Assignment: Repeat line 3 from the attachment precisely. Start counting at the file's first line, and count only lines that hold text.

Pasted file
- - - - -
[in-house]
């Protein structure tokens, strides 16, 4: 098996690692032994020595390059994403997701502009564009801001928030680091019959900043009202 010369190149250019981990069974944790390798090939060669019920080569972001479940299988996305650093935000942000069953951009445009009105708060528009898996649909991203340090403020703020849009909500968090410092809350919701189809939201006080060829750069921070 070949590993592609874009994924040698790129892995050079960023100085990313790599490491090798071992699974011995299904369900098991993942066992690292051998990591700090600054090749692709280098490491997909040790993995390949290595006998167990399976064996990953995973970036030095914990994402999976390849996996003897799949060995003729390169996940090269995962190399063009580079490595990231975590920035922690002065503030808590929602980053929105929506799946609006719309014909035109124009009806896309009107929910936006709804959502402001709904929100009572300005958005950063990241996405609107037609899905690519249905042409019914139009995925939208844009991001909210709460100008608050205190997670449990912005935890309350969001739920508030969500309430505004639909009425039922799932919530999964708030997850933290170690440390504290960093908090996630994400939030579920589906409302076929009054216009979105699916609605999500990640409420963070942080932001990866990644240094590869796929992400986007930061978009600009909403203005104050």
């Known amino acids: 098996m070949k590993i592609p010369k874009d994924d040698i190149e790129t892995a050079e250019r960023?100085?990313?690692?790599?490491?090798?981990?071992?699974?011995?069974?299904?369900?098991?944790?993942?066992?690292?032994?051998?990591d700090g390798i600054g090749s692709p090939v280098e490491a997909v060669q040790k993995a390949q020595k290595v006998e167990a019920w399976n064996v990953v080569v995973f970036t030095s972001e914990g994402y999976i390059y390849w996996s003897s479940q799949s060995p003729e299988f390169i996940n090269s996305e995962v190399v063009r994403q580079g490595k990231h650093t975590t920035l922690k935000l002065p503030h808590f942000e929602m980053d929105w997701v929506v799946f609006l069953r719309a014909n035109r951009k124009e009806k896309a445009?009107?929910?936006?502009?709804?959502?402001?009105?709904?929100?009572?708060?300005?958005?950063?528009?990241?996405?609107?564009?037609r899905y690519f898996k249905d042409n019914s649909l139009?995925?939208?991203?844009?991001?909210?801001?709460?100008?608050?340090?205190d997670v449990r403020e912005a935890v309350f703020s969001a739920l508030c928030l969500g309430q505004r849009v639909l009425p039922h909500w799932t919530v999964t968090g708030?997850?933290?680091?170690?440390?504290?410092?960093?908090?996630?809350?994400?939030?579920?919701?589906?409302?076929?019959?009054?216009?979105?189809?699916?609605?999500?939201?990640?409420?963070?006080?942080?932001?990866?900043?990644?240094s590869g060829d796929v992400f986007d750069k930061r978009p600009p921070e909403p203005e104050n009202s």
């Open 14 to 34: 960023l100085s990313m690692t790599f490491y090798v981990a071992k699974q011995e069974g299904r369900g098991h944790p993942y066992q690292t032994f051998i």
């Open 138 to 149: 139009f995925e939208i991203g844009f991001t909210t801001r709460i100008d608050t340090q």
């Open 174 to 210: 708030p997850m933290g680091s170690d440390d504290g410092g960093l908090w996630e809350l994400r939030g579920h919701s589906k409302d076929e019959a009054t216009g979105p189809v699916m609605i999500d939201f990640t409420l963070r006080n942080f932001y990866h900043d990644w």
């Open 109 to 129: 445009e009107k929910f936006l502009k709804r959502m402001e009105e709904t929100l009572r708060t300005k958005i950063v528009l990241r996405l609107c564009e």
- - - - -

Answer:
């Known amino acids: 098996m070949k590993i592609p010369k874009d994924d040698i190149e790129t892995a050079e250019r960023?100085?990313?690692?790599?490491?090798?981990?071992?699974?011995?069974?299904?369900?098991?944790?993942?066992?690292?032994?051998?990591d700090g390798i600054g090749s692709p090939v280098e490491a997909v060669q040790k993995a390949q020595k290595v006998e167990a019920w399976n064996v990953v080569v995973f970036t030095s972001e914990g994402y999976i390059y390849w996996s003897s479940q799949s060995p003729e299988f390169i996940n090269s996305e995962v190399v063009r994403q580079g490595k990231h650093t975590t920035l922690k935000l002065p503030h808590f942000e929602m980053d929105w997701v929506v799946f609006l069953r719309a014909n035109r951009k124009e009806k896309a445009?009107?929910?936006?502009?709804?959502?402001?009105?709904?929100?009572?708060?300005?958005?950063?528009?990241?996405?609107?564009?037609r899905y690519f898996k249905d042409n019914s649909l139009?995925?939208?991203?844009?991001?909210?801001?709460?100008?608050?340090?205190d997670v449990r403020e912005a935890v309350f703020s969001a739920l508030c928030l969500g309430q505004r849009v639909l009425p039922h909500w799932t919530v999964t968090g708030?997850?933290?680091?170690?440390?504290?410092?960093?908090?996630?809350?994400?939030?579920?919701?589906?409302?076929?019959?009054?216009?979105?189809?699916?609605?999500?939201?990640?409420?963070?006080?942080?932001?990866?900043?990644?240094s590869g060829d796929v992400f986007d750069k930061r978009p600009p921070e909403p203005e104050n009202s």